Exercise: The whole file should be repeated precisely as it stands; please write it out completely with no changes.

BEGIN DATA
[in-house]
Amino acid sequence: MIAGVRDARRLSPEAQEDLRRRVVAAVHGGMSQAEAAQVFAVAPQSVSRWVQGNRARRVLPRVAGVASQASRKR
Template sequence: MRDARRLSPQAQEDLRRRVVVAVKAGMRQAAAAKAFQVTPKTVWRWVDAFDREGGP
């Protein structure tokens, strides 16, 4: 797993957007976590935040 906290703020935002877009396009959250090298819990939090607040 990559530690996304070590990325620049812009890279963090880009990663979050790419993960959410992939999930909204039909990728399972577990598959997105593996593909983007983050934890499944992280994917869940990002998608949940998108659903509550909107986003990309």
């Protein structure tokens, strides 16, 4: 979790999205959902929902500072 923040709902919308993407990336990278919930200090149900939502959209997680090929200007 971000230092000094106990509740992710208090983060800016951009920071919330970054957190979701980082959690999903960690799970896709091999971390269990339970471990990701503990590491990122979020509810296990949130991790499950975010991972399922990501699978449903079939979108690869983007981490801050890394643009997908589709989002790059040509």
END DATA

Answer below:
[in-house]
Amino acid sequence: MIAGVRDARRLSPEAQEDLRRRVVAAVHGGMSQAEAAQVFAVAPQSVSRWVQGNRARRVLPRVAGVASQASRKR
Template sequence: MRDARRLSPQAQEDLRRRVVVAVKAGMRQAAAAKAFQVTPKTVWRWVDAFDREGGP
């Protein structure tokens, strides 16, 4: 797993957007976590935040 906290703020935002877009396009959250090298819990939090607040 990559530690996304070590990325620049812009890279963090880009990663979050790419993960959410992939999930909204039909990728399972577990598959997105593996593909983007983050934890499944992280994917869940990002998608949940998108659903509550909107986003990309």
């Protein structure tokens, strides 16, 4: 979790999205959902929902500072 923040709902919308993407990336990278919930200090149900939502959209997680090929200007 971000230092000094106990509740992710208090983060800016951009920071919330970054957190979701980082959690999903960690799970896709091999971390269990339970471990990701503990590491990122979020509810296990949130991790499950975010991972399922990501699978449903079939979108690869983007981490801050890394643009997908589709989002790059040509």